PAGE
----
English universities have two core excellence frameworks, the REF and TEF, which judge the institution’s output quality. The REF or Research Excellence Framework assesses the quality of research at an institution, supports the allocation of research funding, provides accountability of that funding, and offers a benchmark for universities. The TEF or Teaching Excellence Framework assesses teaching quality by measuring how a university supports students to succeed and gain graduate-level employment or entry to further study. The performance of these two markers is directly linked to rankings and funding. A third Framework has been introduced that does not yet have any formal impact but might be a better way of measuring a university’s impact on society.
The Knowledge Exchange Framework (KEF)
“The aim of the Knowledge Exchange Framework (KEF) is to increase efficiency and effectiveness in the use of public funding for knowledge exchange (KE) and to further a culture of continuous improvement in universities.” Research England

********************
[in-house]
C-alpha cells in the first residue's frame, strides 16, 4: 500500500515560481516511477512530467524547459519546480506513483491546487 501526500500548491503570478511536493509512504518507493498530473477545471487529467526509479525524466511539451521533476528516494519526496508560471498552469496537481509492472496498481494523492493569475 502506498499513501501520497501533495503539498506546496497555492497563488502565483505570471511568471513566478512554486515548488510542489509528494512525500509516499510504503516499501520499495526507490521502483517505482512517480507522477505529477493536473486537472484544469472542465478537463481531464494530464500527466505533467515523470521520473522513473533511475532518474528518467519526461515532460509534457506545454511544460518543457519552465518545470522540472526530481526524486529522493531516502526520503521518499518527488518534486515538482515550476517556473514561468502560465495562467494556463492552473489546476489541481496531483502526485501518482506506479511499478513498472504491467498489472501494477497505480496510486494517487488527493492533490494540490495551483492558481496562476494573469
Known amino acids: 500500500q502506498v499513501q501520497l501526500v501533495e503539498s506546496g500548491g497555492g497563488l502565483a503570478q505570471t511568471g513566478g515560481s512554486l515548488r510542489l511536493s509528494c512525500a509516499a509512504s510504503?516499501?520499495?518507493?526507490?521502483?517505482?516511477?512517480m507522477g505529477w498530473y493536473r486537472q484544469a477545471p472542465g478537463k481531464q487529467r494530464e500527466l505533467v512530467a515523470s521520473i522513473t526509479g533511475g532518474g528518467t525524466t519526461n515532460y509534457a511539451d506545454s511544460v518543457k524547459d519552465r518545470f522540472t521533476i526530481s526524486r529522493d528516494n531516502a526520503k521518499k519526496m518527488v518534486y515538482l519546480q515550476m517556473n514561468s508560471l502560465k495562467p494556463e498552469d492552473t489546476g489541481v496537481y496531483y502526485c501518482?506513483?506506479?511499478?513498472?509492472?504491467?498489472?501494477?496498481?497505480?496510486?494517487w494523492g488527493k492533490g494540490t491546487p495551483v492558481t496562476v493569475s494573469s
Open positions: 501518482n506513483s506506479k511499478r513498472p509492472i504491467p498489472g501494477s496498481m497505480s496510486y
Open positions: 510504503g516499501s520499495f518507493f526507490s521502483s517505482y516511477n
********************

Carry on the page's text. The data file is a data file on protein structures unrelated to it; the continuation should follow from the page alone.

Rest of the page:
The Kef measures the impact of academic research by assessing the institution against the activities described in the HE-BCI survey data, a measure of interactions with businesses and the community. The range of activities includes involving industry and the public sector in research, consultancy, the commercialisation of intellectual property, and activities that have societal benefits, such as Continuing Professional Development, public lectures, and events. The HE-BCI data is currently also used to allocate the £200m Higher Education Innovation Fund (HEIF), and so the KEF may impact this allocation in the future.
The KEF looks at seven perspectives;
- Research partnerships
- Working with business
- Working with the public and third sector
- Skills, enterprise and entrepreneurship
- Local growth and regeneration,
- IP and commercialisation
- Public community engagement.
Currently, the KEF provides institutions with information about their performance in knowledge exchange to facilitate improvement. This information can also be shared with businesses and other users of knowledge for better access to universities. For those involved in making university teaching more flexible and integrating study with work, the KEF captures the delivery of Continuing Professional Development (CPD) courses, graduate start-up creation, and how universities support local growth and regeneration.
The UK Government has been making significant efforts to increase the impact of higher education on skills, introducing degree apprenticeships and higher technical qualifications. Could this be the third deliberate step to further spread universities’ positive impact into the businesses and communities they site within?